According to the review findings, exclusive breastfeeding for six months and continued breastfeeding with safe, appropriate and adequate feeding is recommended as a global health policy in both developing and developed countries. Nevertheless, one study from Honduras suggested that infants who are exclusively breastfed could have poor iron status. This piece of information should be particularly considered in under-resourced settings where perhaps most women are prone to be undernourished. More prolonged lactation amenorrhea was also highlighted in the review as an additional advantage of exclusive breastfeeding for mothers in developing countries.


2.1. Magnitude of the problem

Each year, new scientific and epidemiological evidence contributes to our knowledge about breastfeeding's role in the survival, growth, and development of children as well as about the health and well-being of mothers (8). Progress in exclusive breastfeeding rates has been made since the early 1990s, although the rates remain too low across the developing world and poor continuation of breastfeeding with inadequate complementary feeding practices is still widespread. Only about one-third (36%) of newborns are exclusively breastfed for the first six months of life. Current breastfeeding patterns are still far from the recommended level and considerable variation exists across regions. Based on data from 37 countries with trend data available (covering 60% of the developing world's population), the rate of exclusive breastfeeding for the first six months of life increased from 34% to 41% across the developing world between 1990 and 2004. Significant improvements were made in sub-Saharan Africa, where rates more than doubled from 15% to 32% during this same time period. Exclusive breastfeeding rates in South Asia and the Middle- East/North Africa also increased from 43% to 47% and from 30% to 38% between 1990 and 2004, respectively. Western and Central Africa, in particular, experienced significant improvements with rates rising from 4% to 22%, and Eastern and Southern Africa also showed improvements with exclusive breastfeeding rates increasing from 34% to 48%. Rates remained roughly constant in East Asia and the Pacific during this time (9).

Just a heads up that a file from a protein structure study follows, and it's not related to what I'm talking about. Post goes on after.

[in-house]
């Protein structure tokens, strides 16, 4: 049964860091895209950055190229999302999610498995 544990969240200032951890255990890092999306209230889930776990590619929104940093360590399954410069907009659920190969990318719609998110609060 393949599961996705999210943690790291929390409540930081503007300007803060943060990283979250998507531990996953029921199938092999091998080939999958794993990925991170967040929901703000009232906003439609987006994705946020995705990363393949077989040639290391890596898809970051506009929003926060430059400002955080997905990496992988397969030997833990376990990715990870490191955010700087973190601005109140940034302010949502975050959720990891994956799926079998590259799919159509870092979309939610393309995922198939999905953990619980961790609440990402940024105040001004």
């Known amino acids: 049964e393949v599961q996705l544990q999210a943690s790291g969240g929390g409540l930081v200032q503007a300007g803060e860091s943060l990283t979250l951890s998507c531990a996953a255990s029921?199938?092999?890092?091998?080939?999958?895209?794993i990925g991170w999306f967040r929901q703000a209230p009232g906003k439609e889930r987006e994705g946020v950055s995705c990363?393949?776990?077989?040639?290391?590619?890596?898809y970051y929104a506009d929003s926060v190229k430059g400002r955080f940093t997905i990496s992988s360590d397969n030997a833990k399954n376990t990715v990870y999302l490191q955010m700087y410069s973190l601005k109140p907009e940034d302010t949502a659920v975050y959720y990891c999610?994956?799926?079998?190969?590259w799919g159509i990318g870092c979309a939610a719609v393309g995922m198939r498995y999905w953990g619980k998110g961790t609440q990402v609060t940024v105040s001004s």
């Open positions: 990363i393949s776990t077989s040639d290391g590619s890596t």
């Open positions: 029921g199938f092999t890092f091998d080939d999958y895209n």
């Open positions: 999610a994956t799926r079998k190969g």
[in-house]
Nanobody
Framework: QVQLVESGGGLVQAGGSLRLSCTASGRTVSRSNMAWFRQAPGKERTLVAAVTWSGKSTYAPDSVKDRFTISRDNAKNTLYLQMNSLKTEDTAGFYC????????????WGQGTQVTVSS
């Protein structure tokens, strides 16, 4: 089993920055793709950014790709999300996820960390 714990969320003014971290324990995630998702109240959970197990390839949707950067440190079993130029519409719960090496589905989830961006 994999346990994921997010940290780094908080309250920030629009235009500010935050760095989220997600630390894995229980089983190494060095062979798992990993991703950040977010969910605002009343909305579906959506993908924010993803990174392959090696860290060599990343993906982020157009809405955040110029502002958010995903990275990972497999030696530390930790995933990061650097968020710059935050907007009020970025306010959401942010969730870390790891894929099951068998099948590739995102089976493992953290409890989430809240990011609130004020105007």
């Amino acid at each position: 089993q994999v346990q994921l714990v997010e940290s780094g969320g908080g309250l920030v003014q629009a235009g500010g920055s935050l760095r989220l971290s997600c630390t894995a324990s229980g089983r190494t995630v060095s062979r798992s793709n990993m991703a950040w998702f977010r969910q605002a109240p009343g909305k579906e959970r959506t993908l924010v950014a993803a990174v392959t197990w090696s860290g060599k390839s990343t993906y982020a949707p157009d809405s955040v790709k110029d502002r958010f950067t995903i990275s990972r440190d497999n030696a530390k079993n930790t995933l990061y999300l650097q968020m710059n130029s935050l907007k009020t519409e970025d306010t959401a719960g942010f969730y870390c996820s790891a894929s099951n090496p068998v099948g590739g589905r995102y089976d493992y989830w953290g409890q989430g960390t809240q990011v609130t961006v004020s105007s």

It is also worth noting that each year undernutrition is implicated in about 40% of the 11 million deaths of children under five in developing countries, and lack of immediate and exclusive breastfeeding in infancy causes an additional 1.5 million of these deaths (10).

2.2. Applicability of the results

The review includes studies from various developing and developed country settings. The results could generally be regarded as applicable to under-resourced settings. The World Health Organization has released a new growth standard for young children based on research data collected from 8000 breastfed children from six different countries and this standard will also help in assessing the applicability in terms of growth patterns (11). The application of this new standard will encourage health-care providers to recommend exclusive breastfeeding and will reinforce health strategies for promoting prolonged breastfeeding.